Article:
Status of Merger in B.C. and Across Canada
April 24, 2012
I would like to provide you with a status report on unification talks with the province’s other two professional accounting bodies and developments in other parts of Canada that will ultimately influence any possible decision to merge.
In British Columbia
As you know, CGA-BC released a high-level proposal about unification in late January 2012. We followed up with a series of town hall meetings and then in late March conducted a member survey. While the rationale for a merger is well supported by our membership, there were many requests for more information. That support was also conditional on the need for more work to be done in key areas before we could complete a comprehensive proposal. And, as the overarching goal is to unify the profession nationally, any support was also provisional on progress made across the country.
In B.C., the Board of Governors is continuing to work with the other two bodies to finalize the important details required of a merger prior to obtaining any endorsement from our membership.
According to the most recent member survey conducted by the B.C. CAs in mid-spring, overall sentiment towards the merger is split, but becomes more positive after completing the survey. You can review the results here. CMA-BC is also conducting a member survey which is expected to be completed soon.
We are closely monitoring developments in other parts of Canada, all of which are moving at differing paces and in varying directions. Most other provincial accounting bodies are engaged in unification talks; however, in Manitoba and Nova Scotia, CGA is not part of merger discussions. In Quebec, where the profession operates under a different regulatory regime, the three bodies have agreed to support a merger and are awaiting the passage of legislation.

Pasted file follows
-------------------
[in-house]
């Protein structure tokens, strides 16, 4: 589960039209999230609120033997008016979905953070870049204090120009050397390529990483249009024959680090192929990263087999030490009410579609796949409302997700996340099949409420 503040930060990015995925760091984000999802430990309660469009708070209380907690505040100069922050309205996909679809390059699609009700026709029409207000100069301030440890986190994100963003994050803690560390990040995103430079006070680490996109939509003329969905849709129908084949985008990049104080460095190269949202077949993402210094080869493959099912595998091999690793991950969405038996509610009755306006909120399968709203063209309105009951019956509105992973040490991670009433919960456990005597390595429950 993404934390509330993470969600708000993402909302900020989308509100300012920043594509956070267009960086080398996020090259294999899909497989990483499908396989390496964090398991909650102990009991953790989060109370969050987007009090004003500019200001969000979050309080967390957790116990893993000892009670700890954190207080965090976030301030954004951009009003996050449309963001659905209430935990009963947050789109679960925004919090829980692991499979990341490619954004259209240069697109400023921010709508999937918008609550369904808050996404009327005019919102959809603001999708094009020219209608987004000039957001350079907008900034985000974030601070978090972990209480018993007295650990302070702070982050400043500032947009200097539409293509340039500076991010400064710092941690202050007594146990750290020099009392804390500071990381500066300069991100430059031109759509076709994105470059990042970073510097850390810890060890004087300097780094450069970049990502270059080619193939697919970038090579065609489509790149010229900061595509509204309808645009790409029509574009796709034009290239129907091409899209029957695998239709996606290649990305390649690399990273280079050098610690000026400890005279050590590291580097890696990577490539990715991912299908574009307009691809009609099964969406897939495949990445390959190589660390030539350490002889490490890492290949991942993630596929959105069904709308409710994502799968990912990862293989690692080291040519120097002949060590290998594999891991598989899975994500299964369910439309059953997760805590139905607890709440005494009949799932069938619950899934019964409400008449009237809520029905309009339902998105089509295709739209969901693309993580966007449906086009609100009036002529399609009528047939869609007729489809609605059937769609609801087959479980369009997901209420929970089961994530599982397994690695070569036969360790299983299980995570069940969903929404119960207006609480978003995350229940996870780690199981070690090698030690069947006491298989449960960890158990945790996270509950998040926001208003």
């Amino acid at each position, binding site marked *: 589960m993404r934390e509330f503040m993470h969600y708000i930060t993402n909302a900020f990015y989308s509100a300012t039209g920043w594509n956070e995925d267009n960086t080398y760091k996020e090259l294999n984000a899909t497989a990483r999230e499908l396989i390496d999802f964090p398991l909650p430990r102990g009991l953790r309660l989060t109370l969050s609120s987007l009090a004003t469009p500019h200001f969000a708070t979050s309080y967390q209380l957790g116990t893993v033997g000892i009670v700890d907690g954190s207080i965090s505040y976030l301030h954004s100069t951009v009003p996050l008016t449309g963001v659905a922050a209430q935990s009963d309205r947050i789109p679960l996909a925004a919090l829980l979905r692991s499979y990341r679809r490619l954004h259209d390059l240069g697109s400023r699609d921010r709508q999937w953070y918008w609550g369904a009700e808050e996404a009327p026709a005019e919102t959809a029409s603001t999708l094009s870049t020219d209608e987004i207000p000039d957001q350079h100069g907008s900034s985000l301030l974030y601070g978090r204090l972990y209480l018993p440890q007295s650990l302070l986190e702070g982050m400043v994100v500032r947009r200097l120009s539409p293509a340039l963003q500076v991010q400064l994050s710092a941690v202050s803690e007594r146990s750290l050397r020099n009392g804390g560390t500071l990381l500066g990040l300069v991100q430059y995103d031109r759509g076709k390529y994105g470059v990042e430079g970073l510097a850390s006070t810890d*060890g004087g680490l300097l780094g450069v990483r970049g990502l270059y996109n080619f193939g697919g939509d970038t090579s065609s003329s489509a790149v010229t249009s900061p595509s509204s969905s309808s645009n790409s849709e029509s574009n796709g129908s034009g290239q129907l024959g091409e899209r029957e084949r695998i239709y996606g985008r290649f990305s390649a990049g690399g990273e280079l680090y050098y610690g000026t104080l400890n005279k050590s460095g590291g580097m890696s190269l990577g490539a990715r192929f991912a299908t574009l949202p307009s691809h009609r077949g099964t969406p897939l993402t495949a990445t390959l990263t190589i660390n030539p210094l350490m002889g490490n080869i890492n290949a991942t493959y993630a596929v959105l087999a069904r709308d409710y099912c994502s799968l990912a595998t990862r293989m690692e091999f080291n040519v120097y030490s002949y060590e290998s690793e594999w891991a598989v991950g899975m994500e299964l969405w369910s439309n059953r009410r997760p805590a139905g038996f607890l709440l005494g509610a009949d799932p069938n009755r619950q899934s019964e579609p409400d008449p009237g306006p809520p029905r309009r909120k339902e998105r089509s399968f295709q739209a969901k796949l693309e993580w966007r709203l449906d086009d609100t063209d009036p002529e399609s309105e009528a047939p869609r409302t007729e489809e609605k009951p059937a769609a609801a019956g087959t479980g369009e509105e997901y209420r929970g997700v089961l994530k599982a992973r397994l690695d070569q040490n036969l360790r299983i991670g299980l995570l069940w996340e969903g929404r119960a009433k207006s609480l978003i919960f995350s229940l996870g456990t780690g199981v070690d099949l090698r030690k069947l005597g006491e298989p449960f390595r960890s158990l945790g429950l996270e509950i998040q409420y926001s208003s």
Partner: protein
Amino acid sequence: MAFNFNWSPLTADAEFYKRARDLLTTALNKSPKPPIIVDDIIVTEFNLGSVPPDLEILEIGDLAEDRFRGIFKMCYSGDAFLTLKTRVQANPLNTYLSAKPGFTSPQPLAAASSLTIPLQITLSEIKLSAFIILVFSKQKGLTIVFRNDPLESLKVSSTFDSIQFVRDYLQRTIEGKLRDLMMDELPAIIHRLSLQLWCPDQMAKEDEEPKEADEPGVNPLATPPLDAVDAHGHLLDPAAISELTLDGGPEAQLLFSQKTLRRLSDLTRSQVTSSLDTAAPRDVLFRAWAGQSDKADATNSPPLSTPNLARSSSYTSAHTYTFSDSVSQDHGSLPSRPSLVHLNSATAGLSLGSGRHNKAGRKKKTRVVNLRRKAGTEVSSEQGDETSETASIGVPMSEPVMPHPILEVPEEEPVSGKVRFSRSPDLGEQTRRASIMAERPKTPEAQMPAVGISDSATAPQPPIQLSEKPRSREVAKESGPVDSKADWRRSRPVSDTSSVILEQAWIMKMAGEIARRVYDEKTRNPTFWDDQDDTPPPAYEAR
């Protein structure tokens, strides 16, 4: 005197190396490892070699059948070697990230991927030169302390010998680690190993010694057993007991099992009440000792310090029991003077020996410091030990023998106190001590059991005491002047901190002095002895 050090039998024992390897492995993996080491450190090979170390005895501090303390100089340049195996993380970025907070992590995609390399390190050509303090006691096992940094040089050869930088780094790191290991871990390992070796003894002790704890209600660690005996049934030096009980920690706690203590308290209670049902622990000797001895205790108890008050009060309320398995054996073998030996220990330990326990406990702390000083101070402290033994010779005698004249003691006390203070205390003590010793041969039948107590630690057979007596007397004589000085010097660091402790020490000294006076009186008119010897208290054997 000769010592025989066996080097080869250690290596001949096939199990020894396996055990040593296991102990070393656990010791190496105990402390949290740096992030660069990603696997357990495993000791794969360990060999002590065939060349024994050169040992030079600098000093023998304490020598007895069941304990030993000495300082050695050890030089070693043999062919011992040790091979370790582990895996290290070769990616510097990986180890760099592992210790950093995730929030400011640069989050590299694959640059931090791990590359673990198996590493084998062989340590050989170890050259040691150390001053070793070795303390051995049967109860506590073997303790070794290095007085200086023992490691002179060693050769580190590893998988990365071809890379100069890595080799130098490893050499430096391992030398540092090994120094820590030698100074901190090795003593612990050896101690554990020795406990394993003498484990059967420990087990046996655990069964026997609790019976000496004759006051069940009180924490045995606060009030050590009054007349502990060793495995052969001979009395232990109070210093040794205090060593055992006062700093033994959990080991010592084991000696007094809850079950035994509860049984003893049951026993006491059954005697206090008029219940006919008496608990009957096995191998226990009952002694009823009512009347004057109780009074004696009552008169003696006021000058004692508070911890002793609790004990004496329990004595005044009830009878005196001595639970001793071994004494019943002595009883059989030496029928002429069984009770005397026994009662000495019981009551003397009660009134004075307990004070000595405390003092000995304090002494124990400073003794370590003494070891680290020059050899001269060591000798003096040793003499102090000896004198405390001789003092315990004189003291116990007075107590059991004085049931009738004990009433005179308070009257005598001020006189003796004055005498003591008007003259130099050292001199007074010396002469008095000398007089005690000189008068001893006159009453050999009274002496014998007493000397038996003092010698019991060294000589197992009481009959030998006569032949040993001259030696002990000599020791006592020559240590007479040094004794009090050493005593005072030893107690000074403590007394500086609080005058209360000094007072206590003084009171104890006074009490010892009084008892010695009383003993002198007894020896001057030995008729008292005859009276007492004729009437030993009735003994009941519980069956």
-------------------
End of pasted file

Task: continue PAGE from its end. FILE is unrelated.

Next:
In Alberta, the CMA and the CGAs are continuing negotiations. The CAs left discussions due to a lack of member support and other concerns. Perhaps the most significant development occurred in Ontario, home to approximately 50 per cent of Canada’s professional accountants. Just over a week ago, the three bodies there delayed the release of a comprehensive proposal and a member vote because several issues were still unresolved. Since the proposed merger is based on a national initiative, developments in Ontario will be a key consideration in any decisions we make.
Lastly, our national bodies continue to hold discussions. It will be important for them to agree to a national governance model that will set out details around the structure of the profession. As you can appreciate, this is a complex initiative and there is still much to be done to achieve unification at the national and provincial levels.
Next Steps and Process
The CGA-BC Board continues to move forward with discussions. Any decision taken by our Board on the matter of a merger will consider the following: direction received from our members; the level of progress on unification in other parts of the country (including at the national level); and addressing all of the outstanding issues involved in reaching a comprehensive agreement. The timing, decision-making process and final recommendations made by CGA-BC may differ from the other two bodies involved.
I hope that this update is useful to you. If you have any additional questions or comments, please contact us at email@example.com.
Gordon Ruth, FCGA
Chief Executive Officer